Here's How California Is Turning Hotels Into Housing for Formerly Homeless People

Sonja Summerville Trotter looks out the window in her new studio apartment in downtown Oakland on July 29, 2020. Summerville Trotter was able to secure one of more than 11,600 hotel rooms through California's Project Roomkey, a program to help some homeless residents safely shelter in place during the pandemic. Alameda County officials were later able to move her into permanent housing. (Molly Solomon/KQED)

A motel, a mountain lodge and a village of  tiny homes are just some of the buildings that will soon become permanent homes to hundreds of formerly homeless people across California.

The projects are among 10 sites the state selected on Sept. 16 for its first round of funding, totaling $79.5 million. Officials in two of the counties receiving funds say the projects will functionally end homelessness in their jurisdictions. In another, it will be the county's first homeless shelter.

All of the housing is part of Project Homekey, which draws from $600 million in mostly federal CARES Act funds to help California cities and counties convert hotels, motels, apartments and other buildings into permanent housing for formerly homeless people.

KQED's new podcast SOLD OUT: Rethinking Housing in America explains how this program, especially during the COVID-19 pandemic, can be like giving someone a prescription for better health. Listen to the first episode, "Hotel Corona," to hear how.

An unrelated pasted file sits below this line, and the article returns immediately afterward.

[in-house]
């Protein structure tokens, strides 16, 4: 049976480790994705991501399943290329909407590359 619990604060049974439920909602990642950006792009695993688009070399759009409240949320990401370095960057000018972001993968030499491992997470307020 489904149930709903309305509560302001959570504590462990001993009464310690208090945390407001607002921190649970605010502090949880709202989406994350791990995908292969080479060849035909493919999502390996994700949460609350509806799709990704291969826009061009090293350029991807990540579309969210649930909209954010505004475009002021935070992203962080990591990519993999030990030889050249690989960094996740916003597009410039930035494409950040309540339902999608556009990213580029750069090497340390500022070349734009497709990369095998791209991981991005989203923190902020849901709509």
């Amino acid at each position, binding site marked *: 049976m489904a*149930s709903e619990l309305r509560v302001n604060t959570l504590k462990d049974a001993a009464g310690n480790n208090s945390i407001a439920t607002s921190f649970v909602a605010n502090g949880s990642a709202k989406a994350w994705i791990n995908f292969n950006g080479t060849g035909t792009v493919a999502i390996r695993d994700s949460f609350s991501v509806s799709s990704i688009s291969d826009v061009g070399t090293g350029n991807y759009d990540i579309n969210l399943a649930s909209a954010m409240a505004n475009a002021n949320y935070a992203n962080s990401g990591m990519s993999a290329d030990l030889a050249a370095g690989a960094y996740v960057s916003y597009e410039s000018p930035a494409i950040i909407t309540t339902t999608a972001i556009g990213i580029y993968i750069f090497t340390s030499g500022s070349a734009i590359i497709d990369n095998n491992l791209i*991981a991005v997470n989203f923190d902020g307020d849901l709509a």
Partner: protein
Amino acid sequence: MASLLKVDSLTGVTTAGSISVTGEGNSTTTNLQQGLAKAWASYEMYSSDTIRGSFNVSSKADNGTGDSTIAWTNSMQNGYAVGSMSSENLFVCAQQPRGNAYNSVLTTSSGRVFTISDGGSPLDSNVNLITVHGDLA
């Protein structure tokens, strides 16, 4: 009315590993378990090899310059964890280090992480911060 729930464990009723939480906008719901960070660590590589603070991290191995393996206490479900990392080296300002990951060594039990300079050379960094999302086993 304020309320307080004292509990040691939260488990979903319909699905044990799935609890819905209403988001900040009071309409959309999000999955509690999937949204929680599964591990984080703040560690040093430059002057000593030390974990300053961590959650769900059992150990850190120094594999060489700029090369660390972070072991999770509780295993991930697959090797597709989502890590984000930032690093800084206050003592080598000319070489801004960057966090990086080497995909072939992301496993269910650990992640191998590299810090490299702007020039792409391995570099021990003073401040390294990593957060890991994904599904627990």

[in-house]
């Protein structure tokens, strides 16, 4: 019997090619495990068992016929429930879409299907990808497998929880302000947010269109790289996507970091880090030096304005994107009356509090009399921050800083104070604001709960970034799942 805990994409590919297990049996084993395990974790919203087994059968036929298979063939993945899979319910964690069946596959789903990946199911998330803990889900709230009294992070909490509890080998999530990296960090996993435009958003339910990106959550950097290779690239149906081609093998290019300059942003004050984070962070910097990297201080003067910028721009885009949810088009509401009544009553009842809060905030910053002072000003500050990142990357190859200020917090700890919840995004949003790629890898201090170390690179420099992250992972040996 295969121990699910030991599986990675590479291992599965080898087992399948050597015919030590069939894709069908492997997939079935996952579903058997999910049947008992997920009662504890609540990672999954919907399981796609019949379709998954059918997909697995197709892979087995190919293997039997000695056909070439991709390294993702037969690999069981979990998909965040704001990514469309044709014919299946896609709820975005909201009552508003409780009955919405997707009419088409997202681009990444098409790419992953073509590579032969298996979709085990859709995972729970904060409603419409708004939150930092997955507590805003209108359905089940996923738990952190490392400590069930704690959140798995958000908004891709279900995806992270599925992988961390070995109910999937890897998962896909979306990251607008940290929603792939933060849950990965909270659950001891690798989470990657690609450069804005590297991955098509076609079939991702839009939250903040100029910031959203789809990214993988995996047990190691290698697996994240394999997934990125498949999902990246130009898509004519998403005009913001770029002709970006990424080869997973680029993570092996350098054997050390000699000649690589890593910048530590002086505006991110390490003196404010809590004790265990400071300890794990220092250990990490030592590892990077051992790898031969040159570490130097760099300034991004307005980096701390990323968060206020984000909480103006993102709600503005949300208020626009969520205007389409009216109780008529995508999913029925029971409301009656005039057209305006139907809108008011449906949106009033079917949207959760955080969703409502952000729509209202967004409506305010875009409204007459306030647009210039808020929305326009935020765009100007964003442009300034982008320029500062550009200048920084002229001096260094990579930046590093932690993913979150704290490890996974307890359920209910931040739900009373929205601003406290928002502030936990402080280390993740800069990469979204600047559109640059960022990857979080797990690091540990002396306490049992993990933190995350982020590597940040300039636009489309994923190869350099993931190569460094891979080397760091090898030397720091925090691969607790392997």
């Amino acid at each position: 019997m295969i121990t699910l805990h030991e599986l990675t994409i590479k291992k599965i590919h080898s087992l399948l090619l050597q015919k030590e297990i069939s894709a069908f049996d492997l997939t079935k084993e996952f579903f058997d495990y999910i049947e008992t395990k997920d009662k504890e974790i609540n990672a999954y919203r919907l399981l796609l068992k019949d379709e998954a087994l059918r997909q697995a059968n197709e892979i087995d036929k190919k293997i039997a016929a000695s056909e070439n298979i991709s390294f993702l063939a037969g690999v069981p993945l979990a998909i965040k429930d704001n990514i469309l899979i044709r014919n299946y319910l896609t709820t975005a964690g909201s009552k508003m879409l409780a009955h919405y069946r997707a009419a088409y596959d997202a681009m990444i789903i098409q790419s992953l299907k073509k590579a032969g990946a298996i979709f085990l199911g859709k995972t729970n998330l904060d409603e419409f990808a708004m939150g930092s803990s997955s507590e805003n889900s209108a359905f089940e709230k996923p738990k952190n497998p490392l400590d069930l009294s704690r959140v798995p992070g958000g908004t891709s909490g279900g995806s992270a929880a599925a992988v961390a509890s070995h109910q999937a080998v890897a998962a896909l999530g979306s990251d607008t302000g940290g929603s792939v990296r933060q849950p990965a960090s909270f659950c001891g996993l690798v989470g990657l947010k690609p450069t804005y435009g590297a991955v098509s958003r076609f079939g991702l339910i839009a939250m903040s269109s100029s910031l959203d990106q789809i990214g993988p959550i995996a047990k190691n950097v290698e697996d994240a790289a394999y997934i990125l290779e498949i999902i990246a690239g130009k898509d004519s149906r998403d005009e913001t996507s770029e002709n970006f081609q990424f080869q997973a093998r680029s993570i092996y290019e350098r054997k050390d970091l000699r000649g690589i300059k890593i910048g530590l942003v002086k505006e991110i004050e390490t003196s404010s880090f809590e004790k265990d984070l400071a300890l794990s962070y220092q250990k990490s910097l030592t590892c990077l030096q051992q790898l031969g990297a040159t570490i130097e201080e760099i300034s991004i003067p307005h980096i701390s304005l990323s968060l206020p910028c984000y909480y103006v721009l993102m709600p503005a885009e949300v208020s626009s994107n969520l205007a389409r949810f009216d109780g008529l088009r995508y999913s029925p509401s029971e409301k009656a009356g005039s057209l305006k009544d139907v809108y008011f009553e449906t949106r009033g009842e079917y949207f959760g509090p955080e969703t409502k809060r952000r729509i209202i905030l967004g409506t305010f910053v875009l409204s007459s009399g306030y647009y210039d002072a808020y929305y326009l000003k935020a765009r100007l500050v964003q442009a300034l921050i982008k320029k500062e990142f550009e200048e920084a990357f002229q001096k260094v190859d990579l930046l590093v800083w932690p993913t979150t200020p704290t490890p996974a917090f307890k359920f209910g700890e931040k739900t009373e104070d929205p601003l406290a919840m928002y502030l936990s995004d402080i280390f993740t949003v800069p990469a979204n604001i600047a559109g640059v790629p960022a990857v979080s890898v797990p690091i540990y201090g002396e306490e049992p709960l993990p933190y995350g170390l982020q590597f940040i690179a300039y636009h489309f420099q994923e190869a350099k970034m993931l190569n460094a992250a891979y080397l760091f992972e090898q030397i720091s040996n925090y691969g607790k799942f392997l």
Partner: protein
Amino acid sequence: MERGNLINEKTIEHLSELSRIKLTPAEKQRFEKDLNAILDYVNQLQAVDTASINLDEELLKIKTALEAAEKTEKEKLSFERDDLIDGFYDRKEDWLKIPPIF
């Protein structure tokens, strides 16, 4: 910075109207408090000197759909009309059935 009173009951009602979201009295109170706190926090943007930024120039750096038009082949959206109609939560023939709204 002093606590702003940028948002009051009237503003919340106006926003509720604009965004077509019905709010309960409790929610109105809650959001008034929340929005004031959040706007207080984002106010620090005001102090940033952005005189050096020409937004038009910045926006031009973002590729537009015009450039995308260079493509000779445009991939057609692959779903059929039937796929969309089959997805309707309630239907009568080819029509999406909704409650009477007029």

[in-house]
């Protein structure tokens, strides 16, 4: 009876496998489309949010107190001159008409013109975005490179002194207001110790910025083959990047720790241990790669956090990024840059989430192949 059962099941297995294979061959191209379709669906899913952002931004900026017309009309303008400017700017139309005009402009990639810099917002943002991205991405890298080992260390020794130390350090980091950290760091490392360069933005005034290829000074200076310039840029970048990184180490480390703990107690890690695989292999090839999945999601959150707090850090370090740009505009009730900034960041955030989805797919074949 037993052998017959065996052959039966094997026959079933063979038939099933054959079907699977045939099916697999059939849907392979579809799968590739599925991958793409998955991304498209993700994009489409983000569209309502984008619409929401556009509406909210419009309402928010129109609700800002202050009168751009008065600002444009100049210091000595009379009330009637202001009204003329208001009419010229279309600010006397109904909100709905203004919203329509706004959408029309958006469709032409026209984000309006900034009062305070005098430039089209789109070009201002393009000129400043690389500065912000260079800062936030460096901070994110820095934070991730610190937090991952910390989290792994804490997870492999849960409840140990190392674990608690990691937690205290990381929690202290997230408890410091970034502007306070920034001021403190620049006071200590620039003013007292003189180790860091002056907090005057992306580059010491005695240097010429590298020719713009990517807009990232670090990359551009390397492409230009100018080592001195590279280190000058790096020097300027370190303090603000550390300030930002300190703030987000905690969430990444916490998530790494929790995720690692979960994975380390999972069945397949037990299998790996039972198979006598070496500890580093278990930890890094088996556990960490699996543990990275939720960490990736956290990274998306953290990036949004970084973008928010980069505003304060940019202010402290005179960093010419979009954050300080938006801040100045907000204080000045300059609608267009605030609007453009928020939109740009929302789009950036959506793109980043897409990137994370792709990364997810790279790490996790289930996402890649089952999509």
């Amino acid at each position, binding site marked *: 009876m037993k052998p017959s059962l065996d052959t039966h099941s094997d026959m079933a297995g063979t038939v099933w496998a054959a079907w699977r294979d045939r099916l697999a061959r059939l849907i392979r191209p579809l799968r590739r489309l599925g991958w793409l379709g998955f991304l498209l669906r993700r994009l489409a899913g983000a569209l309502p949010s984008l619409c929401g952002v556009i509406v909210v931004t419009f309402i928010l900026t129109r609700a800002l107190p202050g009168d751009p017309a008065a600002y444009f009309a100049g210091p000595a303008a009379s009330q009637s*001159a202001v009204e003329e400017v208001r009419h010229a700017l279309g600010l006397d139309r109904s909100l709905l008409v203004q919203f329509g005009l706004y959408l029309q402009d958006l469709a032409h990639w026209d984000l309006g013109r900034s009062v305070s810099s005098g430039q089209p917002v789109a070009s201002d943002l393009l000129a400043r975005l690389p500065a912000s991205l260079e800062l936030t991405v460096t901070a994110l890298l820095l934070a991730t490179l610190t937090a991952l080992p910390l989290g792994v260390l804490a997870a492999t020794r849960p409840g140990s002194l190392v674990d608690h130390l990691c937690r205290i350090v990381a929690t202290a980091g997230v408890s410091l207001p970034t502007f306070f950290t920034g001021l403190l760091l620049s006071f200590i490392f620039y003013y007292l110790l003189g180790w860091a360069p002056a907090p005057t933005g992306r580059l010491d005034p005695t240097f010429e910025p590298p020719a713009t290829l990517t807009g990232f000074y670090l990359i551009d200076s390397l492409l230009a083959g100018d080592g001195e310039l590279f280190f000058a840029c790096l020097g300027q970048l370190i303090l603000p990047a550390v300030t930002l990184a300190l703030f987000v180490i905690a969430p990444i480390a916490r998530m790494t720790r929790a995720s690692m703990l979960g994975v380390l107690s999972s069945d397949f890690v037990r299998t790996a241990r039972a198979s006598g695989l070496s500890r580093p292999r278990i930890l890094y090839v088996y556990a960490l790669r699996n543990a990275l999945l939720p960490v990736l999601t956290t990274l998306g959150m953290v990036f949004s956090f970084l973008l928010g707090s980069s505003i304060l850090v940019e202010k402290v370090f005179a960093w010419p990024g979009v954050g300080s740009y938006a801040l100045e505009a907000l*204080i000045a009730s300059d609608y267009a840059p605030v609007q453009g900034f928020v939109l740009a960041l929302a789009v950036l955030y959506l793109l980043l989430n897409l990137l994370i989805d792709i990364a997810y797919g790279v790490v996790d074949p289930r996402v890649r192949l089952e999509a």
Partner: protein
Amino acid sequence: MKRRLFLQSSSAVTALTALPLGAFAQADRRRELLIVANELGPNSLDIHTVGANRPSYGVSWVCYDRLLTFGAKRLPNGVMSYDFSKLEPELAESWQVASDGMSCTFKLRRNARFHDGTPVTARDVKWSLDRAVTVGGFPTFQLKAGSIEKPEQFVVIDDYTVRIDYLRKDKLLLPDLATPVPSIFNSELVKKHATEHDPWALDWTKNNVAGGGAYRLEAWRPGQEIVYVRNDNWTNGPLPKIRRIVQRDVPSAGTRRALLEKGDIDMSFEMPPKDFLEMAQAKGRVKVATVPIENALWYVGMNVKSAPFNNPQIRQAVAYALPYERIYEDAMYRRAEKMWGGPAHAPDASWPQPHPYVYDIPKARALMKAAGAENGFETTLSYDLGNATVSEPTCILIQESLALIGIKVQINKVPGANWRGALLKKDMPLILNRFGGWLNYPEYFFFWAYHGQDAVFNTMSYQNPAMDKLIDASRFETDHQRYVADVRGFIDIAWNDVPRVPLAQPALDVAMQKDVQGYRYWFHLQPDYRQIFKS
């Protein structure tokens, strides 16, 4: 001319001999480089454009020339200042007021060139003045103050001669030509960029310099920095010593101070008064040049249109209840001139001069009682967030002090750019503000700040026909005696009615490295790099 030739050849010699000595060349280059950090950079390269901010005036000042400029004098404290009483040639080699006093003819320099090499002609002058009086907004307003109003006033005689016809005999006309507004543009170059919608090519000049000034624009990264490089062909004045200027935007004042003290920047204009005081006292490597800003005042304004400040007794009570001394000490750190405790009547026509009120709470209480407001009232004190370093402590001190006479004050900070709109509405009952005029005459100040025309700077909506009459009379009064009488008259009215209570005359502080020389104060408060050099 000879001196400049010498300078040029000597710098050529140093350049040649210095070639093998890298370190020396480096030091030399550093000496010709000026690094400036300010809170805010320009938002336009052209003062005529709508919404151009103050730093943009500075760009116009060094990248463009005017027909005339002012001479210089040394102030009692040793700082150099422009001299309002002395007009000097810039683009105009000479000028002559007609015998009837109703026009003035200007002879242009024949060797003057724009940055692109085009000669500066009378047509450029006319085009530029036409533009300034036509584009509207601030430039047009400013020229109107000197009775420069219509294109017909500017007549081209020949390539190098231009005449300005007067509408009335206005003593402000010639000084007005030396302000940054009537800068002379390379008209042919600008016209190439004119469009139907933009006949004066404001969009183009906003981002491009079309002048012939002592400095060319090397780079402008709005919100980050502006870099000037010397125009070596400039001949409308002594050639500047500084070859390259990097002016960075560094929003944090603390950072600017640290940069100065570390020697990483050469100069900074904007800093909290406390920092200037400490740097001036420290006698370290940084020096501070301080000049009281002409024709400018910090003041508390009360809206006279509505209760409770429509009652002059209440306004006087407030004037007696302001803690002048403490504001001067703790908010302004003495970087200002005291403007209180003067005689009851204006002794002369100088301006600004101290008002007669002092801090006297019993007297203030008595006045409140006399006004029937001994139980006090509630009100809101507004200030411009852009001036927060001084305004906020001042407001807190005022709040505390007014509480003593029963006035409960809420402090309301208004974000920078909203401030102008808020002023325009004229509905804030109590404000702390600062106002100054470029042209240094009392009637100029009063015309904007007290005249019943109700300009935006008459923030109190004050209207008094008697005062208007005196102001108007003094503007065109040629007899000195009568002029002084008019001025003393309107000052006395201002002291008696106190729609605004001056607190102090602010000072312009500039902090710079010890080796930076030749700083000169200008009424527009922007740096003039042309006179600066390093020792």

Read a transcript of the episode.

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Project Homekey is the second phase in California's effort to house homeless people since the start of the pandemic.

The first phase, known as Project Roomkey, is an ongoing effort to temporarily house homeless people who are particularly vulnerable to COVID-19. Since it began, over 22,000 people, or roughly 15% of the state's more than 151,000 homeless residents, have stayed in hotel rooms.

Here's how it has all happened:

  • March 25: Alameda County officials open a hotel for homeless people in Oakland to safely shelter during the pandemic, the first site in what will soon become an official, statewide program.
  • April 3: Two weeks after California Gov. Gavin Newsom issued stay-at-home orders to slow the spread of the coronavirus, he formally announces Project Roomkey. The program sets a goal of securing 15,000 hotel rooms statewide for people experiencing homelessness. As of Sept. 16, cities and counties across the state had leased more than 16,500 rooms, of which, a little over 11,600 were occupied.
  • April 10: San Francisco Mayor London Breed announces that more than 70 people at the Multi-Service Center South, the city's largest homeless shelter, have tested positive for COVID-19. The number soon grows to more than 100 residents and staff, prompting the city to transition more people from homeless shelters into hotel rooms. Advocacy organizations begin calling on the state to get more people into hotel rooms. Several groups eventually launch the No Vacancy California campaign to demand the state expand the program to the more than 151,000 homeless residents living here.
  • July 16: Project Roomkey becomes Project Homekey, a $600 million program that uses funding from the CARES Act for cities and counties to convert hotels into permanent affordable housing for formerly homeless people.
  • Sept. 16: The state awards the first $79.5 million for 10 sites in seven cities and counties, including Lake Elsinore, South Lake Tahoe, El Centro, Contra Costa County, San Jose, Kern County and Mendocino County.

For more in-depth reporting on the housing crisis, check out our new podcast, SOLD OUT: Rethinking Housing in America. Subscribe on Apple Podcasts, Spotify, NPR One, TuneIn or on your favorite podcast listening app.